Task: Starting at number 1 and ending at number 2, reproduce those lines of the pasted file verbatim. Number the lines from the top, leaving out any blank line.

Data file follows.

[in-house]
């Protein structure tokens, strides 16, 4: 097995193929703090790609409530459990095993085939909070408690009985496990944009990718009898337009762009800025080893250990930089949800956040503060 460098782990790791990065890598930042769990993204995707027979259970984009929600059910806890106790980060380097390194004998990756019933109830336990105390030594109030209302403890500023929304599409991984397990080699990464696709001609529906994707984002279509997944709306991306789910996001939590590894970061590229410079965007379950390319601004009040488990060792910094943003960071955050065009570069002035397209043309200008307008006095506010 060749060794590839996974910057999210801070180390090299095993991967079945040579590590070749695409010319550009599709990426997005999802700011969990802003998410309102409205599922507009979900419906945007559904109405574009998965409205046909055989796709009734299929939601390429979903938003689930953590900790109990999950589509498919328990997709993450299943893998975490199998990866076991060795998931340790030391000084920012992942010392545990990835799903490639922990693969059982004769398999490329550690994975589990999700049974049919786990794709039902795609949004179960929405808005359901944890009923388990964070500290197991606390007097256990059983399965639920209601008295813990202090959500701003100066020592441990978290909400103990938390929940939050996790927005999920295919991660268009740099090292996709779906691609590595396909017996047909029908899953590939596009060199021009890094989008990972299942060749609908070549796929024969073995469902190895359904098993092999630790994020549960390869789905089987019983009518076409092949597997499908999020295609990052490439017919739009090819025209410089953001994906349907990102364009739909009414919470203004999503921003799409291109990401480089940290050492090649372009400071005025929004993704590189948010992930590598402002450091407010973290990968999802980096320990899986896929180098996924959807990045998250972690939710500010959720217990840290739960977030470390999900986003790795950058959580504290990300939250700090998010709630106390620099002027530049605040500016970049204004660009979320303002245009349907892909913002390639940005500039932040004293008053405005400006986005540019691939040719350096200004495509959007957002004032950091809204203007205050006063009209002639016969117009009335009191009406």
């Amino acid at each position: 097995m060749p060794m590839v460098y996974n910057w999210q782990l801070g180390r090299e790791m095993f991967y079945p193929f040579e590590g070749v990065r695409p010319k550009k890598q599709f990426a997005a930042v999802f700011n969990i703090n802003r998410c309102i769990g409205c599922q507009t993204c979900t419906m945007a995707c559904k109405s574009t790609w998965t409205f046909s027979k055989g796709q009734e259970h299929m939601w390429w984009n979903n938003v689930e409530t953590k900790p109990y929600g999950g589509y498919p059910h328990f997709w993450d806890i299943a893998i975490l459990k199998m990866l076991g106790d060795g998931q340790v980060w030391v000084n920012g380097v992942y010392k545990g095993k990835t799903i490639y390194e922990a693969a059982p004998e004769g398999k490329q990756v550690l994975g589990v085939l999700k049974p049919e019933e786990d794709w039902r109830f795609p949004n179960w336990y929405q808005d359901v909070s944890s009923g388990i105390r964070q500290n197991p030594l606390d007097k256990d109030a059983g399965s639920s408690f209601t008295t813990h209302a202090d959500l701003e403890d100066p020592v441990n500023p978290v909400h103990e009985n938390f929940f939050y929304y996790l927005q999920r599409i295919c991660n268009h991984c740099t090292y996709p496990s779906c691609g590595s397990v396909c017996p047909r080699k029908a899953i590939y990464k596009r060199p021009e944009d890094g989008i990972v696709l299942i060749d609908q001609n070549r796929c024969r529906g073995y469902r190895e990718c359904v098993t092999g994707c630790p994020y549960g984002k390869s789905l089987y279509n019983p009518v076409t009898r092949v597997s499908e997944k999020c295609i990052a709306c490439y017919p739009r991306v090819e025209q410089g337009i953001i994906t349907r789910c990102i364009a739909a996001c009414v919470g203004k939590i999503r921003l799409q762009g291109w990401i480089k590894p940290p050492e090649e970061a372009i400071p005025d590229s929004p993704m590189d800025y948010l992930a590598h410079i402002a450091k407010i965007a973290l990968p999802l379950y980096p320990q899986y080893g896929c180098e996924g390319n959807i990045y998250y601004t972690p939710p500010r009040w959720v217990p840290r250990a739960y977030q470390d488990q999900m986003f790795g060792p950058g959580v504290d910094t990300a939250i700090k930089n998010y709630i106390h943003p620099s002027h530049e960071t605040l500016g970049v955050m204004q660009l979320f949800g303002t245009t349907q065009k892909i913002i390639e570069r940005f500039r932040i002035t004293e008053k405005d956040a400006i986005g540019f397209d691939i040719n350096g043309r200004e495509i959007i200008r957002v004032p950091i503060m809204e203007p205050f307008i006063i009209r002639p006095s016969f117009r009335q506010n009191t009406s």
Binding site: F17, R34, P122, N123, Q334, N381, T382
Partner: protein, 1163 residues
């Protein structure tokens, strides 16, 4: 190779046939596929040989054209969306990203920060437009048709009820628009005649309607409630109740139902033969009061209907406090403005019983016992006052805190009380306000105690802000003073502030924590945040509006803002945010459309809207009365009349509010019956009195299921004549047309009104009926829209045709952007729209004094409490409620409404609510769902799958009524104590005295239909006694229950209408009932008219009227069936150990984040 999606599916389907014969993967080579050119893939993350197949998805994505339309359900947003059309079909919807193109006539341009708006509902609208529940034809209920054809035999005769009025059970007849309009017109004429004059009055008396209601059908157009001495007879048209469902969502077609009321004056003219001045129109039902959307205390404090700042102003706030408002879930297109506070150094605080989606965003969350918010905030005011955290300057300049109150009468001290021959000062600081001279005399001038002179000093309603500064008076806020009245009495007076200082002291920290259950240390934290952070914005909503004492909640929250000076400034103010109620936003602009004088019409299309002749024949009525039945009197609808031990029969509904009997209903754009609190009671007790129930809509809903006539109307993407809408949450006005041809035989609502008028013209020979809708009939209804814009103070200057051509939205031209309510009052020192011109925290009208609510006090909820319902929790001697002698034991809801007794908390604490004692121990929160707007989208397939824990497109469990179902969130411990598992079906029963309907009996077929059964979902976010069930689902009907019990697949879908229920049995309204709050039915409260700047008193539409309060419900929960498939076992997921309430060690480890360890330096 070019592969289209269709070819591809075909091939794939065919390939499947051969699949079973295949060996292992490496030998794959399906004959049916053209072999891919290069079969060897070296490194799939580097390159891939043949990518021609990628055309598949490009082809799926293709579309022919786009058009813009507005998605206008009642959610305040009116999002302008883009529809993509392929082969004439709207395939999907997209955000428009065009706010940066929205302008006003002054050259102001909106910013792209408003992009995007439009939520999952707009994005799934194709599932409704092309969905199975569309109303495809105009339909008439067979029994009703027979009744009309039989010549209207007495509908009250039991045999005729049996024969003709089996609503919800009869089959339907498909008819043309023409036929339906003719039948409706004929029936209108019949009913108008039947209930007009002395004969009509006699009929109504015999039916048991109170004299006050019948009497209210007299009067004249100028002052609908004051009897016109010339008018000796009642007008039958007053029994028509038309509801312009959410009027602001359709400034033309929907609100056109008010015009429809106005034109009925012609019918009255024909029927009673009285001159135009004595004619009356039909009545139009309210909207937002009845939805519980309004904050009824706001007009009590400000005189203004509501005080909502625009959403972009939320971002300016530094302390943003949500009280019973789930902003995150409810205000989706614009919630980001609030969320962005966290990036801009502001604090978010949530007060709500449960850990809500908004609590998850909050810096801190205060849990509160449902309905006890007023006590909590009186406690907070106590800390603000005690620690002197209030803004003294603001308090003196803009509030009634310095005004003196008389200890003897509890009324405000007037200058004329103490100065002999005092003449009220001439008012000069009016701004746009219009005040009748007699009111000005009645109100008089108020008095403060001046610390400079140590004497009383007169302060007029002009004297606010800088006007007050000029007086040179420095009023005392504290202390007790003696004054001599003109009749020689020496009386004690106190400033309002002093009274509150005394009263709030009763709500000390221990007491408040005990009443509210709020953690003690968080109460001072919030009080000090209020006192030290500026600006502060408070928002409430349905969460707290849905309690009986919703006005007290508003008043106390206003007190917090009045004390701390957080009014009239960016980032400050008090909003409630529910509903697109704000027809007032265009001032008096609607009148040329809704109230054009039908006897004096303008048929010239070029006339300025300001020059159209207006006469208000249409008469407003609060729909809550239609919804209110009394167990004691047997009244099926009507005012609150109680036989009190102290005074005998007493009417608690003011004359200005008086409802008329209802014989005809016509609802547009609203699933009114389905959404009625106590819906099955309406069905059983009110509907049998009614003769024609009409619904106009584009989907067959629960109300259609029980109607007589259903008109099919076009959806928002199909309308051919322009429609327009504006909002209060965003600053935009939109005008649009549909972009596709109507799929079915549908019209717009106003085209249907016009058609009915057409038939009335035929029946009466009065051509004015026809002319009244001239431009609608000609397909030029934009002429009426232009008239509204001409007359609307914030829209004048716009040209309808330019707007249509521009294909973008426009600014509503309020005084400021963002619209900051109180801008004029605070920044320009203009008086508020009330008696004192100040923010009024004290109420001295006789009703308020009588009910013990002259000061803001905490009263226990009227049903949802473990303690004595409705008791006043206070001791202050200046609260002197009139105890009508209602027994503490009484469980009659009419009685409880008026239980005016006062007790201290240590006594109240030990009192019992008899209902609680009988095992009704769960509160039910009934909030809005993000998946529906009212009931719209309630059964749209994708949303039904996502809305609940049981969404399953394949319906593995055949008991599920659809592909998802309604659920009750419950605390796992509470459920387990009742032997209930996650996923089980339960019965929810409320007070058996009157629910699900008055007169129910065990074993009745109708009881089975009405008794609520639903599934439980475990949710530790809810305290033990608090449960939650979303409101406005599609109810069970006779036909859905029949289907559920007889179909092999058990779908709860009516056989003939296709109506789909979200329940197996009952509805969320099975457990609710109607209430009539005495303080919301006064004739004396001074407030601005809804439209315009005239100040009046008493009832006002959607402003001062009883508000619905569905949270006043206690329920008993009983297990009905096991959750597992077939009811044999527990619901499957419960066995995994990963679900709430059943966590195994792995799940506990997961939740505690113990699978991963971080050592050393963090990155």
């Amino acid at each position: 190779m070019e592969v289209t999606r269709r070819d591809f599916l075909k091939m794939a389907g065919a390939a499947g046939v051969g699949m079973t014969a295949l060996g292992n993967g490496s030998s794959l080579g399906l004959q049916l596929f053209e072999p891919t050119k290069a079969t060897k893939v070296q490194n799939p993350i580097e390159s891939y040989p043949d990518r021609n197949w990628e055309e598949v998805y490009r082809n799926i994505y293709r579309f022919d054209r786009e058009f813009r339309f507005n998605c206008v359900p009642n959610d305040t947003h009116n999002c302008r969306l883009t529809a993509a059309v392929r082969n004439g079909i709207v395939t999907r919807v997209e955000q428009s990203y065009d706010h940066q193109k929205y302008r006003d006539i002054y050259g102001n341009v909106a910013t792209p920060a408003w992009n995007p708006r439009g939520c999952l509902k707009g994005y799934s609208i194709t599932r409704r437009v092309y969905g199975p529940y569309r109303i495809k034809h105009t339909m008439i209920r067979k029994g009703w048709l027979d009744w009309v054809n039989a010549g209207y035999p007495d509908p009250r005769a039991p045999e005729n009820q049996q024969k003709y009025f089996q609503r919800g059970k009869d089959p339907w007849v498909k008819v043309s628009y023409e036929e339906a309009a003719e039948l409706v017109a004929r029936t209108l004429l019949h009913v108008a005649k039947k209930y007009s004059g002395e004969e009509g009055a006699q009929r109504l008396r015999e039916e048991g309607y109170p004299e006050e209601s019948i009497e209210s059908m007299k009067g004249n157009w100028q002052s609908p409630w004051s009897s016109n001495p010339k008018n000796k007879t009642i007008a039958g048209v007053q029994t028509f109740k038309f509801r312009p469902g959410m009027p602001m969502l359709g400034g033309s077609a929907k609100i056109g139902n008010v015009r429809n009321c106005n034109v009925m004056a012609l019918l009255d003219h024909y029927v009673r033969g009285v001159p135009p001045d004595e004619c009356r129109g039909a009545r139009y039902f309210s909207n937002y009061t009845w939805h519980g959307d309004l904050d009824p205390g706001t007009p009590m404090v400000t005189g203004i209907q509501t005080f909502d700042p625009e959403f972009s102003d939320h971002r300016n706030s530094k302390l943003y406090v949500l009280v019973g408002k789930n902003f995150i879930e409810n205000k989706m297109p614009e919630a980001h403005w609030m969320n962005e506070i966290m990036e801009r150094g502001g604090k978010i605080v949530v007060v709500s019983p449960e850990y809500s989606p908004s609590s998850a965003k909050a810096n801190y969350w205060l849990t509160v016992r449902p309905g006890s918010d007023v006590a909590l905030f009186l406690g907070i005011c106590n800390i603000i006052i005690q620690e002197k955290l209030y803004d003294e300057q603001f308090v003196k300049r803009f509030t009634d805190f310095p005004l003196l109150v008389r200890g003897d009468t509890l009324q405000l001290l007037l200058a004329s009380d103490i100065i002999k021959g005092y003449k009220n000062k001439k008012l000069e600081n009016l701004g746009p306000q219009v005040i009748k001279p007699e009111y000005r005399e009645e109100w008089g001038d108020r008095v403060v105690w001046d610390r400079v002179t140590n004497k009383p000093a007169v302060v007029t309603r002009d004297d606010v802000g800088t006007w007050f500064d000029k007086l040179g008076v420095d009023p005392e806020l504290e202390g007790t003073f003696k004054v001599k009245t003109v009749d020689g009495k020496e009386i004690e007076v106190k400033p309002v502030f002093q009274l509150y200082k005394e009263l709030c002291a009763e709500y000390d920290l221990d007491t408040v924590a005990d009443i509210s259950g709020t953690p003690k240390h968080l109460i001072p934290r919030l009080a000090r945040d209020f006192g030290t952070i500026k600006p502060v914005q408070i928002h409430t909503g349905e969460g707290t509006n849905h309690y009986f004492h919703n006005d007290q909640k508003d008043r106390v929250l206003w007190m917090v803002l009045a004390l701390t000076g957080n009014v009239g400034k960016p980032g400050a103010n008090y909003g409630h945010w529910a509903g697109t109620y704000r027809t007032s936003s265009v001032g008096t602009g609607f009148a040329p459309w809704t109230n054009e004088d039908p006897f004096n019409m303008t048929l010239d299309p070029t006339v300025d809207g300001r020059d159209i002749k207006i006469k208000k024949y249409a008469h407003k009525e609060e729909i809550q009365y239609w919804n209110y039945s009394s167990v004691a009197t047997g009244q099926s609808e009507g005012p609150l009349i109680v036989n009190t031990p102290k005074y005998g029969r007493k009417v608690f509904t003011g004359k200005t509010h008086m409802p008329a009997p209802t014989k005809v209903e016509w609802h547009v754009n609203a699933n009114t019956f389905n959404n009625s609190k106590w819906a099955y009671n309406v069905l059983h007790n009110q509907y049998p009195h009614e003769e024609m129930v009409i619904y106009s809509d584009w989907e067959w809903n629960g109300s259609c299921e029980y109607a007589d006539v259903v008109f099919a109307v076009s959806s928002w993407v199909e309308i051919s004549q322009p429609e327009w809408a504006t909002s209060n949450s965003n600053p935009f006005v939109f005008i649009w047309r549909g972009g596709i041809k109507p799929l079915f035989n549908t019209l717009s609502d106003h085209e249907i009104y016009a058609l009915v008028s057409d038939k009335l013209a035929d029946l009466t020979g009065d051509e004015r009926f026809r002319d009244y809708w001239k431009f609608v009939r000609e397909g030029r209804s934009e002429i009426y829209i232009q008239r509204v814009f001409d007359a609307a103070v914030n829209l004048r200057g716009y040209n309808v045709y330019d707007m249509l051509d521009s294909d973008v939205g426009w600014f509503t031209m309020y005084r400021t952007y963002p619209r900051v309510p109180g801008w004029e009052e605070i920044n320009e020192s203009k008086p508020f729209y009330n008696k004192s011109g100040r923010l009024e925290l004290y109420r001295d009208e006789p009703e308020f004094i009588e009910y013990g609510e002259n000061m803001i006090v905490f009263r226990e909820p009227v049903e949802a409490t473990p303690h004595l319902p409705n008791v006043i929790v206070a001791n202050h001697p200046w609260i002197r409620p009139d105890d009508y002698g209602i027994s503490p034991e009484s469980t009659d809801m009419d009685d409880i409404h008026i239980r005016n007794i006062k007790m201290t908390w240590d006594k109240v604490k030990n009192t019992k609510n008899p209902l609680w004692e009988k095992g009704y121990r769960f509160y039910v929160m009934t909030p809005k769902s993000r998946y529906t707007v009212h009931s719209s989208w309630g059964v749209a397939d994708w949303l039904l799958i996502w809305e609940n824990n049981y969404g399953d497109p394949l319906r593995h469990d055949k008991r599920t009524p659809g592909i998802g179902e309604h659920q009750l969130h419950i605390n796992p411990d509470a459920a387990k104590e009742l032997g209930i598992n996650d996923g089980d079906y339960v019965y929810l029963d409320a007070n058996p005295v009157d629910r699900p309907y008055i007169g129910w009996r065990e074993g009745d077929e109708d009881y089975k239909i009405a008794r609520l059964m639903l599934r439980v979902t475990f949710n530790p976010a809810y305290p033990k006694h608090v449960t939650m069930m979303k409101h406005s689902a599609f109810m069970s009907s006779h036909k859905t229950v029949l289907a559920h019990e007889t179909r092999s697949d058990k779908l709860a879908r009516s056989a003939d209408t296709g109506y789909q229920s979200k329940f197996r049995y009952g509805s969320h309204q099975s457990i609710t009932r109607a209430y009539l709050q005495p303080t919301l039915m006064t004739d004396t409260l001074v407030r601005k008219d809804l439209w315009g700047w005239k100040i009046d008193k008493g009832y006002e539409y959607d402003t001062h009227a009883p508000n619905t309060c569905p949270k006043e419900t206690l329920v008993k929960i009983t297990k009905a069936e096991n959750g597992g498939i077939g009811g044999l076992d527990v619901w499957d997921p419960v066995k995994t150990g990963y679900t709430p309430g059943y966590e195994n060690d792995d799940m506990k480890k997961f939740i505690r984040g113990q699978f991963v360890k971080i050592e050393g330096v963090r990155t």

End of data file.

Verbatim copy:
[in-house]
């Protein structure tokens, strides 16, 4: 097995193929703090790609409530459990095993085939909070408690009985496990944009990718009898337009762009800025080893250990930089949800956040503060 460098782990790791990065890598930042769990993204995707027979259970984009929600059910806890106790980060380097390194004998990756019933109830336990105390030594109030209302403890500023929304599409991984397990080699990464696709001609529906994707984002279509997944709306991306789910996001939590590894970061590229410079965007379950390319601004009040488990060792910094943003960071955050065009570069002035397209043309200008307008006095506010 060749060794590839996974910057999210801070180390090299095993991967079945040579590590070749695409010319550009599709990426997005999802700011969990802003998410309102409205599922507009979900419906945007559904109405574009998965409205046909055989796709009734299929939601390429979903938003689930953590900790109990999950589509498919328990997709993450299943893998975490199998990866076991060795998931340790030391000084920012992942010392545990990835799903490639922990693969059982004769398999490329550690994975589990999700049974049919786990794709039902795609949004179960929405808005359901944890009923388990964070500290197991606390007097256990059983399965639920209601008295813990202090959500701003100066020592441990978290909400103990938390929940939050996790927005999920295919991660268009740099090292996709779906691609590595396909017996047909029908899953590939596009060199021009890094989008990972299942060749609908070549796929024969073995469902190895359904098993092999630790994020549960390869789905089987019983009518076409092949597997499908999020295609990052490439017919739009090819025209410089953001994906349907990102364009739909009414919470203004999503921003799409291109990401480089940290050492090649372009400071005025929004993704590189948010992930590598402002450091407010973290990968999802980096320990899986896929180098996924959807990045998250972690939710500010959720217990840290739960977030470390999900986003790795950058959580504290990300939250700090998010709630106390620099002027530049605040500016970049204004660009979320303002245009349907892909913002390639940005500039932040004293008053405005400006986005540019691939040719350096200004495509959007957002004032950091809204203007205050006063009209002639016969117009009335009191009406």